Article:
She’s Dreading the Winter Solstice

Dear Vicki: The Winter Solstice is approaching and that means the start of winter. I hate it! The dark and cold always make me very unhappy. My sister (a writer) loves December, the darker and colder, the better for her. Personally, I think she’s crazy, but how can we be so different when we’re just one year apart? Could this have something to do with our elemental personalities? I don’t even know which personality I am, I just know that I hate winter. Can you help me understand why? Signed: Hates the Cold and Dark 

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Dear Hates the Cold and Dark: Winter Solstice does indeed herald the start of winter in the northern hemisphere; December, January and February are usually the coldest months here. But they are not the darkest months. The Winter Solstice represents a pause in the year-long journey from longest day to longest night, then back again. And while it’s true that December 21, the Winter Solstice, is the shortest day of the year and the longest night, it’s also a turning point. Beginning the very next day, the nights shorten, and the days lengthen. So, if you hate the dark, the Winter Solstice is actually good news for you because beginning December 22, the days get longer. But the cold? Well, that’s around for several more months.

To answer your question, how we respond to a time of year absolutely can have to do with our elemental personality, especially since (as was mentioned in last week’s post), each elemental personality has a seasonal affiliation. On the surface of things, it seems logical that each personality would resonate with their own season – and that can be true – but it isn’t always so straightforward. If someone’s primary element is unbalanced in their personality, they may not do well with their own season and may need what another season has to offer. 

Bottom line, each elemental personality will respond to winter in predictable ways depending on how balanced they are within their own elemental personality and how that personality relates to Water in the Five Elements model. Let’s look at how this might work and perhaps you will recognize yourself in one of these elemental personality descriptions.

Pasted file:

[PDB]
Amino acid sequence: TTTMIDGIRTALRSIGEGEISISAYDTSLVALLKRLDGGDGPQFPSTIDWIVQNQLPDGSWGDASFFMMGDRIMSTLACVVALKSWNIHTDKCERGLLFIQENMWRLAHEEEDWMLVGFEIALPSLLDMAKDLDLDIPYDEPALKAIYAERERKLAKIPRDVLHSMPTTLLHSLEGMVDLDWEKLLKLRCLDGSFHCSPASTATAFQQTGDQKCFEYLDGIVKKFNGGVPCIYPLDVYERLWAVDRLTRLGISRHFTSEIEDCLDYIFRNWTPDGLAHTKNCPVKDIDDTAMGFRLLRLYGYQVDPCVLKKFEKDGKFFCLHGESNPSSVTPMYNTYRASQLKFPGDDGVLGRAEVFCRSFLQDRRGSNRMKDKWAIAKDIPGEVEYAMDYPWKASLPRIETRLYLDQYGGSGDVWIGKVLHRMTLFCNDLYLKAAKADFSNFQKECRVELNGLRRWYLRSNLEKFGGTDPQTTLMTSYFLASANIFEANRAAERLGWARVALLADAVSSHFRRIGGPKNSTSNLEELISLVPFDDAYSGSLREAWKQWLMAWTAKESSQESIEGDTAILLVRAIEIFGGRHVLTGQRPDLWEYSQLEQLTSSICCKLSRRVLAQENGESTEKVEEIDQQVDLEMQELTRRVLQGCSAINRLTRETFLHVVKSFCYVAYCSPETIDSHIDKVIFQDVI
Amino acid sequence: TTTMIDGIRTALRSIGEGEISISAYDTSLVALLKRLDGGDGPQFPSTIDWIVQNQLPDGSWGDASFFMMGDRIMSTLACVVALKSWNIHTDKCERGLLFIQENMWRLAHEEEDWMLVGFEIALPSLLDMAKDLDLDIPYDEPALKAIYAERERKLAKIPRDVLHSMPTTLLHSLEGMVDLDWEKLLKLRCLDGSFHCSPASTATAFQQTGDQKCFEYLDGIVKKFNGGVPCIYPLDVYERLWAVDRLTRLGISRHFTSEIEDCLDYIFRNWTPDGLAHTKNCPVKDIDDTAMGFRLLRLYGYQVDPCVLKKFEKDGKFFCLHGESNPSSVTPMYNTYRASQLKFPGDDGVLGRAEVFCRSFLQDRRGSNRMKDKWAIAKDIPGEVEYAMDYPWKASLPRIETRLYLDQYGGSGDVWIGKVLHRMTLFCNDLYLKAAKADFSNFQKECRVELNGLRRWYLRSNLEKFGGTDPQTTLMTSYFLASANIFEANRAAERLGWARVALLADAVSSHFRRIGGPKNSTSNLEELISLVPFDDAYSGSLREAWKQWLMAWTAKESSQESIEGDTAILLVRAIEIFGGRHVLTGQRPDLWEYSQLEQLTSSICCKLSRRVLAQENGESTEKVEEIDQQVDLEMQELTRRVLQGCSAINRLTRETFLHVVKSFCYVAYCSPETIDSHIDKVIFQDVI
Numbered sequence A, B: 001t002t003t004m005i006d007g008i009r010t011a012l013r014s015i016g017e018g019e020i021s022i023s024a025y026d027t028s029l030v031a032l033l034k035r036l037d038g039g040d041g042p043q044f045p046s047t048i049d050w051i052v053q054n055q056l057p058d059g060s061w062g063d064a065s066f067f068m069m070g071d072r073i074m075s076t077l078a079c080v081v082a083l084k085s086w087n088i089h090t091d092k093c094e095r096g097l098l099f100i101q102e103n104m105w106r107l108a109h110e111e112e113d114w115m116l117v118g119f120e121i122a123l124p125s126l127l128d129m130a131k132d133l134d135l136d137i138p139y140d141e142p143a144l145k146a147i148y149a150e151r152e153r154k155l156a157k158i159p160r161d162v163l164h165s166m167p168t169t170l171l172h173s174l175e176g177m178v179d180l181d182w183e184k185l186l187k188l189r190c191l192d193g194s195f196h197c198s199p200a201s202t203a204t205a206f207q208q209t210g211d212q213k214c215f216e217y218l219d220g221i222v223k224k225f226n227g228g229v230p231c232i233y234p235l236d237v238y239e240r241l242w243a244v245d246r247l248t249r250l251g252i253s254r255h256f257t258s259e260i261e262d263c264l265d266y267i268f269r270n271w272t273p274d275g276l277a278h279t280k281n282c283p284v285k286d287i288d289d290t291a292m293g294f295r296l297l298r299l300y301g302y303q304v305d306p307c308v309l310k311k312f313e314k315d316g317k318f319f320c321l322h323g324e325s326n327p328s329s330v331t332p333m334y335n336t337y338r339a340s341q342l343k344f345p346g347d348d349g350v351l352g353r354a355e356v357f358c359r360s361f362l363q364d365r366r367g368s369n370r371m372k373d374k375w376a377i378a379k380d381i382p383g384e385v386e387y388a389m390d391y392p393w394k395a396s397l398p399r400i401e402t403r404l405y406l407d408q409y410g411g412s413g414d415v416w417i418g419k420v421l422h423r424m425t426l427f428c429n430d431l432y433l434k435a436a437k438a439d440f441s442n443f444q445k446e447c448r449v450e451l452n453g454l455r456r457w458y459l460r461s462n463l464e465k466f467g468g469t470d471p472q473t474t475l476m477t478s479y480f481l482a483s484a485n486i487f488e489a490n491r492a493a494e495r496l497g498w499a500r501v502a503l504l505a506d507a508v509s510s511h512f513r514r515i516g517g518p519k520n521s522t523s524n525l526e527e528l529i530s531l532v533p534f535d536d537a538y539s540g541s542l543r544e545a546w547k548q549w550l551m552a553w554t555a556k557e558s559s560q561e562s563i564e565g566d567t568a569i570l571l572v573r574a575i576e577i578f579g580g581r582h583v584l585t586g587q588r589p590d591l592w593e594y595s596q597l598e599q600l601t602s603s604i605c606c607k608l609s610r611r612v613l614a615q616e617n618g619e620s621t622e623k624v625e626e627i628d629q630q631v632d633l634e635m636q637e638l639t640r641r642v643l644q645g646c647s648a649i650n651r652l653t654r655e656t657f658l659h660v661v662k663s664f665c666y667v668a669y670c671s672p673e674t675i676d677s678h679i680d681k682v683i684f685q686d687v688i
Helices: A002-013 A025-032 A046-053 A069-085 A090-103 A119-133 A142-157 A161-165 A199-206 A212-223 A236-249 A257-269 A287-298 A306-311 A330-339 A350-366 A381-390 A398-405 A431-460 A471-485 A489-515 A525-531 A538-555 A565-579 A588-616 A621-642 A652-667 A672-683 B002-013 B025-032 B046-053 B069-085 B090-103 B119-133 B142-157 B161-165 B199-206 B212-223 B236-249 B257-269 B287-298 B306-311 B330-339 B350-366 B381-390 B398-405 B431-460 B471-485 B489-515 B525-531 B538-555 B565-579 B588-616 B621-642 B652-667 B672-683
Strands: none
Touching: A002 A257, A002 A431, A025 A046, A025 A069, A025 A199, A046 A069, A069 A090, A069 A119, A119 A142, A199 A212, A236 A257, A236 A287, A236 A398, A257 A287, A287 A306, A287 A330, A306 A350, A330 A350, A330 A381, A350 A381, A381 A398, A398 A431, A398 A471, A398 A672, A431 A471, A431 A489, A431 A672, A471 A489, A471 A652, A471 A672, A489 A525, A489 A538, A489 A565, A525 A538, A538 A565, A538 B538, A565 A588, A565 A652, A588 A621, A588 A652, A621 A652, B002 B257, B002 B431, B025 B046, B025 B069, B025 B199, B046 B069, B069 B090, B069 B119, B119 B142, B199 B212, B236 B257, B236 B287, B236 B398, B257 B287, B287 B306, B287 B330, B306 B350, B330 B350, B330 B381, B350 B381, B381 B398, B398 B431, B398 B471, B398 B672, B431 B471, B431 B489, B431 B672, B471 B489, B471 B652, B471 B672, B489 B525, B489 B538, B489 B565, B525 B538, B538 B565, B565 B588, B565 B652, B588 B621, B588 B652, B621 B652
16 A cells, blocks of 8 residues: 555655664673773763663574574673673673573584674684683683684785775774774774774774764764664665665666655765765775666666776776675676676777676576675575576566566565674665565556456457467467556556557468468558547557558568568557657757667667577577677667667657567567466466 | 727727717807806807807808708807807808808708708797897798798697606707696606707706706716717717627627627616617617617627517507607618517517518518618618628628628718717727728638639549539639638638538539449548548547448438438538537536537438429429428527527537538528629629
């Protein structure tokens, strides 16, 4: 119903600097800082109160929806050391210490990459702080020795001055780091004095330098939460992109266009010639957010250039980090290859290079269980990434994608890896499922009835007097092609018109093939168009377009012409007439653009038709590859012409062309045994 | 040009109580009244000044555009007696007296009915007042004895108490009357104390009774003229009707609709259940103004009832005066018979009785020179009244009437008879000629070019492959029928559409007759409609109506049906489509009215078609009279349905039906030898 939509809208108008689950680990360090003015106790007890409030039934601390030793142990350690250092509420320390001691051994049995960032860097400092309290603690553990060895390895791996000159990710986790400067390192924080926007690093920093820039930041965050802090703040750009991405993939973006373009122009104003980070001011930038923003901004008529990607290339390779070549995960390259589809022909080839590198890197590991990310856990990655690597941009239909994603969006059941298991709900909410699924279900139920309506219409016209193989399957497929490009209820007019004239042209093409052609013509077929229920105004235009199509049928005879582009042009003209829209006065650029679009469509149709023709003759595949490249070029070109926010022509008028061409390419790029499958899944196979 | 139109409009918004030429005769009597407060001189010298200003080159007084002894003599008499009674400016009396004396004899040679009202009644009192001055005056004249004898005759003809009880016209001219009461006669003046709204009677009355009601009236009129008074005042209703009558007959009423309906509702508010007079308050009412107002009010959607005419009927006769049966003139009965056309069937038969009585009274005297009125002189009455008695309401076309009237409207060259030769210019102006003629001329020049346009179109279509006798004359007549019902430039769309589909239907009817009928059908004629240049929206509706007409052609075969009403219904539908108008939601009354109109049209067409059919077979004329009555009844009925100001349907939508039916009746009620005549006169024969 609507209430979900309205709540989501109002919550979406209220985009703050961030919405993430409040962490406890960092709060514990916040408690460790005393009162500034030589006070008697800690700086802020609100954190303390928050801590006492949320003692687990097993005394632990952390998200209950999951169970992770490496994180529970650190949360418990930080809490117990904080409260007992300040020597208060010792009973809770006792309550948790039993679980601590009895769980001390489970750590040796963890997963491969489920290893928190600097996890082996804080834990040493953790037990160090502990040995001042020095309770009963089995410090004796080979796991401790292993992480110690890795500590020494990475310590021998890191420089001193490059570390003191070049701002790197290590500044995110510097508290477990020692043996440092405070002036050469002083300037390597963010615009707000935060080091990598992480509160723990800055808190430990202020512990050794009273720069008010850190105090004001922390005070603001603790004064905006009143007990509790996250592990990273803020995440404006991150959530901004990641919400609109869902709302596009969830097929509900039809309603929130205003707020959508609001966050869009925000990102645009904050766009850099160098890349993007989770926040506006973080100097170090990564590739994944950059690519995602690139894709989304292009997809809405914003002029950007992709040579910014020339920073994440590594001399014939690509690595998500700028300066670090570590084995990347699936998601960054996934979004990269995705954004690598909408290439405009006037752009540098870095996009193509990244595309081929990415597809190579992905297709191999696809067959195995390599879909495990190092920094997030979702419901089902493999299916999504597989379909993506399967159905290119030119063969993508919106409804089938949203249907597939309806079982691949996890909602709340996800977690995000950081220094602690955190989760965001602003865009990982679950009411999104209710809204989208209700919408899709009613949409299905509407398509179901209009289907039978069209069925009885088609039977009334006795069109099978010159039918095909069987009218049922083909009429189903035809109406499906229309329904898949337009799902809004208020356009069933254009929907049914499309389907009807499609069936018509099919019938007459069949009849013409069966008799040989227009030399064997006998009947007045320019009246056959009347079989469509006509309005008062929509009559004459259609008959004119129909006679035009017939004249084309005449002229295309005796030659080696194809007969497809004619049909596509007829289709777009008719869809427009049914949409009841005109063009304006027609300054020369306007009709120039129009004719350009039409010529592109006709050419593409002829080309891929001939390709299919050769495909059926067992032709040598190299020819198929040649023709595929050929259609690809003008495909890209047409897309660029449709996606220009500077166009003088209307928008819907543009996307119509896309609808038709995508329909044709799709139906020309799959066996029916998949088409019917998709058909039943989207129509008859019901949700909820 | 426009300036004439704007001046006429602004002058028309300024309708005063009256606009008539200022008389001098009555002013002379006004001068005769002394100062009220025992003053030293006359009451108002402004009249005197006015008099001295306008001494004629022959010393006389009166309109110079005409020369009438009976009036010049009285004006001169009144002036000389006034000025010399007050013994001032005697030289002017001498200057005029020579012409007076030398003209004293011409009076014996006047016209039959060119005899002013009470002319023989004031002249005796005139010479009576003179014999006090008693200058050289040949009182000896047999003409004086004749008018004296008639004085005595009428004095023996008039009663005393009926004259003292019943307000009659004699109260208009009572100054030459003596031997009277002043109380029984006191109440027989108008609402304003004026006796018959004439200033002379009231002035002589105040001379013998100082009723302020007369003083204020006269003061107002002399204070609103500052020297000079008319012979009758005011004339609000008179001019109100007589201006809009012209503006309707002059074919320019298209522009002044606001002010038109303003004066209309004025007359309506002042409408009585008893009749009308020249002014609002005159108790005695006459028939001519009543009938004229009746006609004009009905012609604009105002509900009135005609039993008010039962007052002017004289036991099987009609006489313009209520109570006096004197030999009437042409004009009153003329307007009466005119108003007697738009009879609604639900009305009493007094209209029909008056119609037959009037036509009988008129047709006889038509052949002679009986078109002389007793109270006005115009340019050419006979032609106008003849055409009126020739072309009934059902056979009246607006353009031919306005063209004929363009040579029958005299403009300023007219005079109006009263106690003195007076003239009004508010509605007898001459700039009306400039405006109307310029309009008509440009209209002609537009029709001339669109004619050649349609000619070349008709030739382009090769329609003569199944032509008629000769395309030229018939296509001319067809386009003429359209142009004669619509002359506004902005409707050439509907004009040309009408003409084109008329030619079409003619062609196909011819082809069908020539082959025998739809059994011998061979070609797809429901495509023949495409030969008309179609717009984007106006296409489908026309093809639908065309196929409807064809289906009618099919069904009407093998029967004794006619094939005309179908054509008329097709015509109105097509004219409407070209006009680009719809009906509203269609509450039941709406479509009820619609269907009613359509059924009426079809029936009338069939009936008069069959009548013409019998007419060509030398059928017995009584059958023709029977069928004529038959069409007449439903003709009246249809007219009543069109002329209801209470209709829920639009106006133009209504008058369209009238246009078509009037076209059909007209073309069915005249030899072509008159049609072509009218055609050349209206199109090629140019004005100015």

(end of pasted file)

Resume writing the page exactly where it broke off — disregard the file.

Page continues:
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Winter Solstice and the Five Elements

Dear Vicki: The Winter Solstice is approaching and I’m dreading it as the start of winter. The dark and cold make me very unhappy. But my sister (a writer) loves December: The darker and colder, the better for her. I think she’s crazy, but how can we be so different when we’re just one year apart? Could this have something to do with our elements? I don’t even know what element I am. Signed: Dreading Winter

Dear Dreading: Winter Solstice does herald the start of winter in the northern hemisphere; December, January and February are usually the coldest, darkest months here. But within the Five Elements model, Winter Solstice represents a pause in the constant cycling between light and dark. December 21 is the shortest day of the year and the longest night. Beginning the next day, the nights shorten and the days lengthen. So if you hate the dark, Winter Solstice is good news for you because beginning December 22, the days get longer. But the cold? Well, that’s around for several more months.

To answer your question, how we respond to a time of year absolutely can have to do with our element, especially since each element has a seasonal affiliation. On the surface of things, it seems logical that an element would resonate with their own season, and that can be true. But it isn’t always so straightforward. If someone’s primary element is unbalanced, they may not do well with their own season and may really need what another season has to offer. Let’s look at how this might work and perhaps you will recognize yourself.

Continue reading